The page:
Sheryl Sandberg is in talks to testify on Facebook's cryptocurrency libra as soon as next month

Key Points
  • Facebook COO Sheryl Sandberg is in talks with the House Financial Services Committee to testify on the company's plans for a new cryptocurrency as soon as next month, a source familiar with the matter says.
  • Lawmakers have been skeptical of Facebook's plans for the new currency, called libra, in the wake of privacy scandals.
  • The D.C. visit would follow another recent trip from a Facebook executive: CEO Mark Zuckerberg.
Sheryl Sandberg, chief operating officer of Facebook Inc., speaks during a Senate Intelligence Committee hearing on Wednesday.
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Facebook COO Sheryl Sandberg is in talks to testify on the company's new cryptocurrency plans as soon as next month, a source familiar with the matter told CNBC.

Sandberg's last official testimony on Capitol Hill was in September 2018 alongside Twitter CEO Jack Dorsey. The executives appeared in front of the Senate Intelligence Committee to discuss election-related abuse after reports revealed coordinated misinformation campaigns on their platforms around the 2016 U.S. presidential election.

Facebook's plans to introduce a new cryptocurrency called libra has once again riled up lawmakers, who have already questioned the project's leader about how it would impact the value of the U.S. dollar and how consumers could trust Facebook with their money after a series of privacy scandals. Facebook would likely hope that testimony from Sandberg could ease fears and provide a strong signal to Congress that the company is taking the necessary precautions.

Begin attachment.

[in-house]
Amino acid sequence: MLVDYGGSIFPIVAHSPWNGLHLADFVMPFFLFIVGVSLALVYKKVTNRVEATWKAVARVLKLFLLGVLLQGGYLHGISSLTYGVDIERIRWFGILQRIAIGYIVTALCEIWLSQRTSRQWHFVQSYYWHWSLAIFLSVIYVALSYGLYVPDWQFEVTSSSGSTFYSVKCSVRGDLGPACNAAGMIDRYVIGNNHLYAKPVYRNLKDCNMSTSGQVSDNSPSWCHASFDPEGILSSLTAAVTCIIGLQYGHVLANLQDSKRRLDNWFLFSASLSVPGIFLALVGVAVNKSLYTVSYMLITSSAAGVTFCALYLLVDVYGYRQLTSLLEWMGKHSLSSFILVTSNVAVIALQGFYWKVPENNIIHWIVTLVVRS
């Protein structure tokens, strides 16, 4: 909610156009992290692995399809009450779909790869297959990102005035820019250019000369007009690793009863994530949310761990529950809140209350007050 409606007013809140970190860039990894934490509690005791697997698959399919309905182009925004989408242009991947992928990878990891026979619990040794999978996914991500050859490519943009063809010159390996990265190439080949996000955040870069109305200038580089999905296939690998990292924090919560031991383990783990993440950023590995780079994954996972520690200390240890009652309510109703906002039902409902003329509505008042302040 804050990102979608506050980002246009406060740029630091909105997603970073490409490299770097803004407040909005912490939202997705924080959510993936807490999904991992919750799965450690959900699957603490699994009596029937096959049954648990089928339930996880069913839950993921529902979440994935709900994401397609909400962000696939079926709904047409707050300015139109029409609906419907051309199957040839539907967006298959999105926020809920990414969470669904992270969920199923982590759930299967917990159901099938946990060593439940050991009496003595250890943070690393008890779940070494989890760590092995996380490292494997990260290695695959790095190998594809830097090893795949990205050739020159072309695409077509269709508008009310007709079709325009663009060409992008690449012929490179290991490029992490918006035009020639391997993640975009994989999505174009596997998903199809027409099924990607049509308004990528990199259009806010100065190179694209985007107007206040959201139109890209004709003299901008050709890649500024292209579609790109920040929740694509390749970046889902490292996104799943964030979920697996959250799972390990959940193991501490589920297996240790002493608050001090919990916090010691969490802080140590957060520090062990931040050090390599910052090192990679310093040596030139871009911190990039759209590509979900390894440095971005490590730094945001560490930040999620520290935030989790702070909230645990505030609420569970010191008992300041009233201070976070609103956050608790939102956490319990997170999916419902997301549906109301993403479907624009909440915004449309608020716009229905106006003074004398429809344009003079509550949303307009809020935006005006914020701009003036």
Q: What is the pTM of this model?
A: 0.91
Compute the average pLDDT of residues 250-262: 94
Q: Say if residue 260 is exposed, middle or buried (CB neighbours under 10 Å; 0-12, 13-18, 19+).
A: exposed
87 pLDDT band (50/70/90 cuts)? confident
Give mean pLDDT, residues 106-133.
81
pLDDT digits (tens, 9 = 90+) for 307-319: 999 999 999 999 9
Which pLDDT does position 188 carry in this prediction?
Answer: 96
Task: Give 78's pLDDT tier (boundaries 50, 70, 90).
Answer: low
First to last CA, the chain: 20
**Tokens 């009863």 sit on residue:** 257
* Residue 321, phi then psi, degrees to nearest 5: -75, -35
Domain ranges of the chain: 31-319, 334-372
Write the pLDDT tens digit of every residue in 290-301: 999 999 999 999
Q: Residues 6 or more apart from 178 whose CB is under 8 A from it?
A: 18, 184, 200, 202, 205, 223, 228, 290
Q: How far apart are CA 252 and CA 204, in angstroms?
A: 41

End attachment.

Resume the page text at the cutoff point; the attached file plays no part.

CNBC's source confirmed Bloomberg's report on the talks about Sandberg's possible testimony. A representative from Sandberg's team at Facebook declined to comment. The House Financial Services Committee did not immediately respond to a request for comment.

The testimony would follow another recent D.C. visit from a top executive at Facebook. CEO Mark Zuckerberg met last week with some of his top critics on the Hill to discuss national privacy regulation and other topics, according to lawmakers who participated in the meeting. The closed-door talks seemed to be an attempt to show influential leaders in Washington that Facebook is taking them seriously while the company faces what's now believed to be as many as four separate antitrust investigations, according to reports from multiple outlets.

Facebook has cautiously signaled it is planning to move forward with libra despite lawmakers' concerns. The project's lead, David Marcus, told a Swiss news outlet, "The goal is still to launch libra next year," Reuters reported last week.

When asked at a July testimony if Facebook would commit to refraining from moving forward with libra before appropriate regulations were implemented, Marcus said, "I committed to waiting for us to have all the appropriate regulatory approvals and have addressed all concerns before moving forward."

"That's not a commitment," said House Financial Services Committee Chairwoman Maxine Waters, D-Calif.

-CNBC's Ylan Mui contributed to this report.

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